- Number of Discs: 2
- Rated: Not Rated
- Run Time: 2 hours, 18 minutes
- Video: Black & White
- Released: December 4, 2001
- Originally Released: 1963
- Label: Criterion
Encoding: Region 1 (USA & Canada)
Packaging: Keep Case
Single Side - Dual Layer
Aspect Ratio: Full Frame - 1.33
- Mono - Italian
- Introduction - 1. Terry Gilliam-Filmmaker
- Audio Commentary:
Trailer - 1. Original Theatrical Trailer
- Gideon Bachmann-Friend of Director
- Antonio Monda-NYU Professor of Film
Additional Release Materials:
- FELLINI: A DIRECTOR'S NOTEBOOK
- NINO ROTA: BETWEEN CINEMA AND CONCERT
- Sandra Milo-Actor
- Lina Wertmuller-Assistant Director
- Vittorio Storaro-Cinematographer (Discussing work of cinematographer
Performers, Cast and Crew:
Academy Awards 1963 -
Best Foreign Language Film
Chicago Sun-Times - 05/28/2000
"...8 1/2 is the best film ever made about filmmaking....The film weaves in and out of reality and fantasy....It is a film filled to bursting with inspiration..."
USA Today - 12/28/2001
"...The most famous screen treatise ever about the illogical undertaking of making a movie..."
Entertainment Weekly - 01/11/2002
"...The greatest mind-game movie ever..."
Premiere - 12/01/2003
"...[T]he ideas and texture of 8 1/2 have never ceased to be an inspiration to artists everywhere..."
Empire - 02/01/2009
"[T]he film teems with Jungian imagery, while grappling with the alienating effects of modernity and, overall, the exasperating quest for contentment in an arbitrary and uncertain world."
Los Angeles Times - 04/23/2010
"[T]his film retains an ability to enthrall and delight that has not diminished over the years."
Federico Fellini's Oscar-nominated 8 1/2 is a masterpiece of storytelling and cinema. The most autobiographical of Fellini's films, the plot of which concerns a 43-year-old film director who is having a midlife crisis, it is a career benchmark for this magnificent Italian New Wave director. Beautifully choreographed with flashbacks, dream sequences, exaggerated fantasy scenes, and magical surrealist episodes, 8 1/2 is one of the richest, most exuberant movies ever made, in the mode of Fellini's artfully abstract LA DOLCE VITA and AMARCORD.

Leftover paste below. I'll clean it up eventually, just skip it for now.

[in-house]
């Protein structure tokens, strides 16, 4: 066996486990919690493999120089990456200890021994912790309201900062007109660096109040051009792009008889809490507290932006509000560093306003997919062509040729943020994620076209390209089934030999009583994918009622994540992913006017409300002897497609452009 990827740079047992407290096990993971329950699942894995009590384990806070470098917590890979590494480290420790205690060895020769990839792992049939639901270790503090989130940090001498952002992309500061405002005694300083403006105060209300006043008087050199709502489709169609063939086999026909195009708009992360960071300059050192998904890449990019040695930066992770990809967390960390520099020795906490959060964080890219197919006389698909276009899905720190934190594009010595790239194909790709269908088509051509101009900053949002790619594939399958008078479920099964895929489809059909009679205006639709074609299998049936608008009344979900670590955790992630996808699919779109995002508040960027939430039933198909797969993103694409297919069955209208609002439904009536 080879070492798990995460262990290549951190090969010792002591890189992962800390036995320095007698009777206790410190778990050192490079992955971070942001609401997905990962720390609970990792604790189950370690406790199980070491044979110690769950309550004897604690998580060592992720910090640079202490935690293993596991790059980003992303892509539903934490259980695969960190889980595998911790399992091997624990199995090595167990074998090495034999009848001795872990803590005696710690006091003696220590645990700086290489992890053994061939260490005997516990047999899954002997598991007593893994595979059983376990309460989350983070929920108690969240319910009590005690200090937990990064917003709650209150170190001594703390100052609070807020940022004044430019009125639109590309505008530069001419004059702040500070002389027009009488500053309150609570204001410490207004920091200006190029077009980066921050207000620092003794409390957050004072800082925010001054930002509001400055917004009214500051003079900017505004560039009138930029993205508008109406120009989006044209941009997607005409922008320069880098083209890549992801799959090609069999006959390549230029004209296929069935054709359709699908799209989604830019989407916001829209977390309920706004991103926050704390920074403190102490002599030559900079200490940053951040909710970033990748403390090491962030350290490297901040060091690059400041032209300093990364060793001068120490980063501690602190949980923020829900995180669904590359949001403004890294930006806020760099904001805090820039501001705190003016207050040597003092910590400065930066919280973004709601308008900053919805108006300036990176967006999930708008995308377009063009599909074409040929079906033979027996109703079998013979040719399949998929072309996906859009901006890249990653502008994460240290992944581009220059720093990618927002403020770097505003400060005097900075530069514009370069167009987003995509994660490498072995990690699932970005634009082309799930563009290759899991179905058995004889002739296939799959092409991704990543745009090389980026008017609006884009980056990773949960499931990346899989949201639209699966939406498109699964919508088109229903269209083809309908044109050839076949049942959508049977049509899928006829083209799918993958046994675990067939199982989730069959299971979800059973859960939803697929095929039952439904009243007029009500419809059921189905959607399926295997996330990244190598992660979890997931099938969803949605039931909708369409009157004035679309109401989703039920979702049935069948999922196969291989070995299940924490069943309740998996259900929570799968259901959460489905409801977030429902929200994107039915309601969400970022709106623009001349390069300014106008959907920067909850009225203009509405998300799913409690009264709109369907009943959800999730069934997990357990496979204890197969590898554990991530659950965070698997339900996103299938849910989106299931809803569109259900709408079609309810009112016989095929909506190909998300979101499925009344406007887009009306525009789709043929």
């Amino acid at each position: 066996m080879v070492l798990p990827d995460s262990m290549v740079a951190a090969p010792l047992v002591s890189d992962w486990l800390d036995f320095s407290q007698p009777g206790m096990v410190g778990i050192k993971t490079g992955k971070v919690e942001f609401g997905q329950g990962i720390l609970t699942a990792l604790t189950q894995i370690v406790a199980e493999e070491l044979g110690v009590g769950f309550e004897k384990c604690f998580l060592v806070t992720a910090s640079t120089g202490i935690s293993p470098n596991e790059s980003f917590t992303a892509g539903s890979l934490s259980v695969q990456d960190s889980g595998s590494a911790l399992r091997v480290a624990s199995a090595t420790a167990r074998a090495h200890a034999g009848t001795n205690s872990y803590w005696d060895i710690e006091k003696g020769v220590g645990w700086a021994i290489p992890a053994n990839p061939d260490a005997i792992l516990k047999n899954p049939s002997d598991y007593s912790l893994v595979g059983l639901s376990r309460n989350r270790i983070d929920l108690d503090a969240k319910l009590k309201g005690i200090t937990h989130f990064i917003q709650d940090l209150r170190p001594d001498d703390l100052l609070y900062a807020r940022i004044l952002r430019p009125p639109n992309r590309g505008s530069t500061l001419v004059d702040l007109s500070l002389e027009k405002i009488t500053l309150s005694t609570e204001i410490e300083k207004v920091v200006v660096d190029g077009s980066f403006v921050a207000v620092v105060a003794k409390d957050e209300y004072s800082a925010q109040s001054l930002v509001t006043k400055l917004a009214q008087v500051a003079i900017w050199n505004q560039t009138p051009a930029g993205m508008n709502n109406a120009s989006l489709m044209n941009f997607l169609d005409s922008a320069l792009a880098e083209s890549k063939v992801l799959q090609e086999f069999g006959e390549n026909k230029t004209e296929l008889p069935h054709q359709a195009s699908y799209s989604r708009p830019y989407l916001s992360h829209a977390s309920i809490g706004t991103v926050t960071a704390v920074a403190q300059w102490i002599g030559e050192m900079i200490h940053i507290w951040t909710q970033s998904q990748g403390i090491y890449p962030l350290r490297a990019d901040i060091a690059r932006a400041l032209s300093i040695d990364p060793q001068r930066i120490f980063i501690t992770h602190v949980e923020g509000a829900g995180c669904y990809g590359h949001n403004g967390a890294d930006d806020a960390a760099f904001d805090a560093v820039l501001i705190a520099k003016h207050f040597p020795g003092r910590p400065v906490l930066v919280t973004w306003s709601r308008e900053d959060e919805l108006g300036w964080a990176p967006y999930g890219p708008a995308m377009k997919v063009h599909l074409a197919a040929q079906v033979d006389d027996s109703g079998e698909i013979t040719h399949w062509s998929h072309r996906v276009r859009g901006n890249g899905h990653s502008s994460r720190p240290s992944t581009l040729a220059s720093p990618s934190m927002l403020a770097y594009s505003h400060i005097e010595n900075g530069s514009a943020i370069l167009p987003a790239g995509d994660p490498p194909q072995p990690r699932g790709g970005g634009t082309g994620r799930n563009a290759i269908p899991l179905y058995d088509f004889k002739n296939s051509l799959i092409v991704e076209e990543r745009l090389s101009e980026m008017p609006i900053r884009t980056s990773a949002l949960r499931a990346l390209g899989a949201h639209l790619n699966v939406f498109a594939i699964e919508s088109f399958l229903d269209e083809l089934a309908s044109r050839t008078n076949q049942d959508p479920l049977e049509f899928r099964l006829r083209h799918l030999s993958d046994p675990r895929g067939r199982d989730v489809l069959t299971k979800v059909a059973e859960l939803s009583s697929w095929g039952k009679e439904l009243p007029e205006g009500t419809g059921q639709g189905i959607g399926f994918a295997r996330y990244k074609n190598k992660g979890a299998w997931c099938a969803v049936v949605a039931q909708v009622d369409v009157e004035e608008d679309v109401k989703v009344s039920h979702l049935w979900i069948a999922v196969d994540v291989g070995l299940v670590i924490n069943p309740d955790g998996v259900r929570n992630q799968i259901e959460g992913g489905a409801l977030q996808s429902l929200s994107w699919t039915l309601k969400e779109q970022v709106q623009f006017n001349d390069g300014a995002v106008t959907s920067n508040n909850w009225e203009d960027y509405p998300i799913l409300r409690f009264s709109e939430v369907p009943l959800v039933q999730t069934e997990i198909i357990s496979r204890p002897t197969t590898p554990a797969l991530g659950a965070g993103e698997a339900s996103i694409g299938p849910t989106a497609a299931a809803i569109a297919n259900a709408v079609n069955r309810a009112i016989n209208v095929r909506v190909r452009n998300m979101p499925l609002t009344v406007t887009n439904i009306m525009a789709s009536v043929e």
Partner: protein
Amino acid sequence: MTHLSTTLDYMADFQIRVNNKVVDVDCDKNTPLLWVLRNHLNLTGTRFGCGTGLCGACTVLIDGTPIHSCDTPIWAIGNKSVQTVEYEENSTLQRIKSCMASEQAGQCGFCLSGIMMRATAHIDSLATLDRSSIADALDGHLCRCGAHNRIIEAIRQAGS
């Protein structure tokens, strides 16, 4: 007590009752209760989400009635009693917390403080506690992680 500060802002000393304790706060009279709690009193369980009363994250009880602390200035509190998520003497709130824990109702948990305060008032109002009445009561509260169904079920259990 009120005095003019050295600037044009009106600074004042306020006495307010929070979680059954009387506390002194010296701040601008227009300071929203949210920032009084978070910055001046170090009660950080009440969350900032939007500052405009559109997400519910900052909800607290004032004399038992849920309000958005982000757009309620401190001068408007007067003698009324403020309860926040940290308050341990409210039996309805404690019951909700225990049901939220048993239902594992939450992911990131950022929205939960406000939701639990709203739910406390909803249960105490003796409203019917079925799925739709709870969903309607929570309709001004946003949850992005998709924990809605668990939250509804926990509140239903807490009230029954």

Guido Anselmi (Marcello Mastroianni) is at a crisis point in his life and his work; in the opening sequence, Guido, suffocating, is caught in traffic with the windows of his car locked shut. He climbs out of the sunroof and literally rises up over the highway into the clouds, seemingly free, when he realizes there's a rope tied around his ankle that is violently pulling him back to earth. Cutting from this dream to the health spa where Guido is trying to recapture his creativity and write the screenplay for his next film, his vices become clear: Guido is self-absorbed, and he's distracted by the fabulous cast of actresses, intellectuals, and eccentrics who have joined him at the spa. Additionally he struggles with Freudian complexes about his wife (Anouk Aimée), his lover (Sandro Milo), his ideal woman (Claudia Cardinale), and his dead parents; and his repressive Catholic guilt follows him everywhere like a haunting mist.
A fascinating, surreal view of a filmmaker's efforts to develop a new project, 8 1/2
stars Fellini regular Marcello Mastroianni in this semiautobiographical piece about a movie director's midlife crisis. Replete with fabulous performances and signature Fellini visual touches, it stars Anouk Aimée, Sandro Milo, and Claudia Cardinale. 8 1/2 is a touching, hilarious, and meditative viewing experience.
Essential Cinema |
Fantasy Worlds |
Film About Film |
Self Analysis |
Theatrical Release |
- Theatrical Release: June 25, 1963.
- The title marks the number of films that Fellini had made by 1963. Although 8 1/2 was actually Fellini's ninth film, his first two films were directorial collaborations: VARIETY LIGHTS (with Alberto Lattuada) and THE WHITE SHEIK (with Arturo Galea).
- Academy Award Nominations: 5, including Best Director, Best (Original) Story and Screenplay. Academy Awards: Best (Black-and-White) Costume Design, Best Foreign Film.
- This film is considered to be the favorite of Fellini fans. It is likewise heralded by critics, directors, film-buffs, and scholars as having created its own unique cinematic language. Fellini's ability to capture the frustration of a director who cannot answer the questions asked of him by a stream of actors, journalists, and agents is what most industry professionals admire about the film. For Fellini fans, it is the way that the director shows Guido's total frustration with his love life, his ego, his creative ability, and his past by leading viewers on a tour of his bizarre psyche.